Left to their own devices on the high-protein diet, participants spontaneously cut their intake by 441 calories daily -- roughly a quarter of their daily calories. They lost an average of 11 pounds, including about eight of fat, while reporting feeling full and satisfied. "I was surprised by the magnitude of the weight loss," Weigle said, noting that participants' weight "just cruised down."
Blood tests showed that appetite-controlling hormones reached levels that normally boost hunger. "It means that the effect of the high-protein diet was stronger than the biological stimulus to eat more," Weigle said. One way to explain the results, he said, is that a high protein intake affects the brain, a finding already confirmed in animal studies. If the brain perceives that lower levels of appetite-stimulating hormones are normal, Weigle said, "then it would continue to turn down hunger."
Even so, Weigle and others caution that boosting protein to 30 percent of daily calories may not be safe for everyone, since it could overtax kidneys in those with kidney problems, diabetes or glucose intolerance.
For others trying to reach a healthier weight, Astrup said that the latest findings show "that there's no reason to cut down on carbohydrates or that much on fat. Simply increase your protein. That can be done as part of a very healthy diet, including eating all kinds of fruit, vegetables and whole grains."
Here's what registered dietitian Colleen Matthys, part of the University of Washington study team, recommends to help increase protein. Find some of the recipes used in the study at www.leanplateclub.com:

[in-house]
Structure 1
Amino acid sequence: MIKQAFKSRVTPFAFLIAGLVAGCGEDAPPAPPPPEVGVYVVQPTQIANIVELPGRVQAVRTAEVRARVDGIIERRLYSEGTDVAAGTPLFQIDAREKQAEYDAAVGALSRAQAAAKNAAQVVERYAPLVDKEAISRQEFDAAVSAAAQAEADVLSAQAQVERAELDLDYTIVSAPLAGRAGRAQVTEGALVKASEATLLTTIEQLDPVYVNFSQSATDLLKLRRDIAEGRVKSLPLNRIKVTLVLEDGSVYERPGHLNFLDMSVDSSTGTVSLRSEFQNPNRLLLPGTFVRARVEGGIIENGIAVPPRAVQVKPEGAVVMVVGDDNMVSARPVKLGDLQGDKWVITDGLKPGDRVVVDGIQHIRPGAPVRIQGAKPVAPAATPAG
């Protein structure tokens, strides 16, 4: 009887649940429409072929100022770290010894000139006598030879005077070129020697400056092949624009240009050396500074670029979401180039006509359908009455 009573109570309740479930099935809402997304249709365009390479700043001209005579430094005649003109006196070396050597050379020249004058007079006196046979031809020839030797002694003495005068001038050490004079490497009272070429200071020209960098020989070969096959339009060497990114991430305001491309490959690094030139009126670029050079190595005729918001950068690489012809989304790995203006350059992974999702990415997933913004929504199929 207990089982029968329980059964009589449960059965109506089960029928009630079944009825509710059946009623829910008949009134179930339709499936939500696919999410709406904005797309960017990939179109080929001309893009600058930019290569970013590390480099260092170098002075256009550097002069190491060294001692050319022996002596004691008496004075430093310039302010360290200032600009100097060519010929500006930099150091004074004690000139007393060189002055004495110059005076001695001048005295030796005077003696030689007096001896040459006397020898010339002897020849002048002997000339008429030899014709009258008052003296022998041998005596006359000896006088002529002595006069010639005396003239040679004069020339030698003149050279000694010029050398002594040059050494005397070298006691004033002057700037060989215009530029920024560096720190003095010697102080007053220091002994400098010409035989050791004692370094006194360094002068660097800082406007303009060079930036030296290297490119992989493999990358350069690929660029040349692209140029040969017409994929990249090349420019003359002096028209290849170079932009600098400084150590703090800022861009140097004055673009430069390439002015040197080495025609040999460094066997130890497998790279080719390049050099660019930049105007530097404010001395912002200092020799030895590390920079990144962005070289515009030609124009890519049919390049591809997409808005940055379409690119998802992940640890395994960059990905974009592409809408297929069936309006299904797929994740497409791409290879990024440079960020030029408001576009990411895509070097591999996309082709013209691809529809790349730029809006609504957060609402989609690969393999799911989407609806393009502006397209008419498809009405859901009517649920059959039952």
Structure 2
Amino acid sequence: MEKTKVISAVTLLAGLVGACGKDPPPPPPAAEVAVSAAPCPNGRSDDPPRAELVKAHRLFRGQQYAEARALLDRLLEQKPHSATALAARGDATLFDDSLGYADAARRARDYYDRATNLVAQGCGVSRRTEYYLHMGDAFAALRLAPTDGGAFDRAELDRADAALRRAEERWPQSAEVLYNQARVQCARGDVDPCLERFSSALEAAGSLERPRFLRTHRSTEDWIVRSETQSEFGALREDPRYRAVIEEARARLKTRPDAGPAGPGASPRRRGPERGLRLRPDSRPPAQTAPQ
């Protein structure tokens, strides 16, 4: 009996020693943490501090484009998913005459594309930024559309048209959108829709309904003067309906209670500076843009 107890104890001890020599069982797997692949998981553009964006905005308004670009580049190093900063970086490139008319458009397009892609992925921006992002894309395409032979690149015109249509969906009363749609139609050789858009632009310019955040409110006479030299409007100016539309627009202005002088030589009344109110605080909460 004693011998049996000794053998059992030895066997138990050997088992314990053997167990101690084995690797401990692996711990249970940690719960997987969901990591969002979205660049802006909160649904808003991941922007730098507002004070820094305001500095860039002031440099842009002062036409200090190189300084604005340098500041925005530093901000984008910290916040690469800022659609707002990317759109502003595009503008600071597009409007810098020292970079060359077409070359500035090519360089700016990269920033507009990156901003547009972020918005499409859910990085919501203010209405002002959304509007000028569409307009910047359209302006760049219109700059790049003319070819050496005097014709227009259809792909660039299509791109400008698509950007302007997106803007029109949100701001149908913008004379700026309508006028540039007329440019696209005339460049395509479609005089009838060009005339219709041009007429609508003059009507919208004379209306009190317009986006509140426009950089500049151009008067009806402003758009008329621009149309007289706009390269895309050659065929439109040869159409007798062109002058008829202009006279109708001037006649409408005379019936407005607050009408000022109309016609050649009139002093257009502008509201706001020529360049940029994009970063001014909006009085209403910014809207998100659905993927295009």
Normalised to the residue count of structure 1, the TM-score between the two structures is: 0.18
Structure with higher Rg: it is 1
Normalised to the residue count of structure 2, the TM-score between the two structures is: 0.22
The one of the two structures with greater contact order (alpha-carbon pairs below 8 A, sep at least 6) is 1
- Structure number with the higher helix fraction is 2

Add nonfat dairy products. Drink skim milk with meals and use it instead of water to make oatmeal or creamy soups, such as tomato. Snack on nonfat yogurt. Use shredded nonfat or low-fat cheese for pizza, tacos and grilled cheese sandwiches on whole-wheat bread. Add nonfat dry milk to mashed potatoes, puddings and casseroles to increase protein.
Eat more lentils and beans. Not only are they high in protein, but they pack complex carbohydrates that contain plenty of fiber and don't spike blood sugar. Edamame, tofu, soy milk and soy-based meat substitutes are also protein-rich. You can also add a little soy powder to orange juice to boost protein, as the researchers did.
Crack an egg. Egg whites are pure protein, with no fat or cholesterol. Hard-boil an egg, remove the yolk and fill the white with guacamole, salsa or bean dip, or chop and sprinkle the white on salads. Egg substitutes contain no cholesterol and less fat than regular eggs. Or use one whole egg with extra egg whites to make fluffy, high-protein omelets or frittatas.
Eat more lean cuts of meat, poultry without the skin, fish and seafood. Skinless turkey and chicken breasts were frequent mainstays of study meals, which also included lasagna made with lean ground beef and ground turkey. The most popular meal among people in the study: chicken fajitas.
Share your tips or ask questions about nutrition and activity when Sally Squires hosts the Lean Plate Club online chat, from 1 p.m. to 2 p.m. today, on www.washingtonpost.com. Can't join live? E-mail firstname.lastname@example.org anytime. To learn more, and subscribe to our free e-newsletter, visit www.leanplateclub.com.